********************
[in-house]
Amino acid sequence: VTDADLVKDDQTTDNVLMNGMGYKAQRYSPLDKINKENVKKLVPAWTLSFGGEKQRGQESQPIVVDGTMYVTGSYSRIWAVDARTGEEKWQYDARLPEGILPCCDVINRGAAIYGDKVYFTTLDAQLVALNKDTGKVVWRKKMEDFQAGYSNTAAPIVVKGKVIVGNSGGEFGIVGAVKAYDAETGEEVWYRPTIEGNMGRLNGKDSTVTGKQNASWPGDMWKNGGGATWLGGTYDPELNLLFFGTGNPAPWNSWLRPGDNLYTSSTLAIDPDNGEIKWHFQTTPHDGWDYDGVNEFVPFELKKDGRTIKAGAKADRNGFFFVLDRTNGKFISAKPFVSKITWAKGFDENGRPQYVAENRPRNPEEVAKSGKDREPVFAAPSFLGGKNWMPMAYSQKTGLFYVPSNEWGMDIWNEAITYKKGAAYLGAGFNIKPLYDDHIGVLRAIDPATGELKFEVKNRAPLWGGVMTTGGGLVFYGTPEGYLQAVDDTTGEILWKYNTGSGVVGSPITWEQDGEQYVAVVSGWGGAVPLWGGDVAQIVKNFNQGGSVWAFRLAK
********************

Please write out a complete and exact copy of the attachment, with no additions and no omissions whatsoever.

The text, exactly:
[in-house]
Amino acid sequence: VTDADLVKDDQTTDNVLMNGMGYKAQRYSPLDKINKENVKKLVPAWTLSFGGEKQRGQESQPIVVDGTMYVTGSYSRIWAVDARTGEEKWQYDARLPEGILPCCDVINRGAAIYGDKVYFTTLDAQLVALNKDTGKVVWRKKMEDFQAGYSNTAAPIVVKGKVIVGNSGGEFGIVGAVKAYDAETGEEVWYRPTIEGNMGRLNGKDSTVTGKQNASWPGDMWKNGGGATWLGGTYDPELNLLFFGTGNPAPWNSWLRPGDNLYTSSTLAIDPDNGEIKWHFQTTPHDGWDYDGVNEFVPFELKKDGRTIKAGAKADRNGFFFVLDRTNGKFISAKPFVSKITWAKGFDENGRPQYVAENRPRNPEEVAKSGKDREPVFAAPSFLGGKNWMPMAYSQKTGLFYVPSNEWGMDIWNEAITYKKGAAYLGAGFNIKPLYDDHIGVLRAIDPATGELKFEVKNRAPLWGGVMTTGGGLVFYGTPEGYLQAVDDTTGEILWKYNTGSGVVGSPITWEQDGEQYVAVVSGWGGAVPLWGGDVAQIVKNFNQGGSVWAFRLAK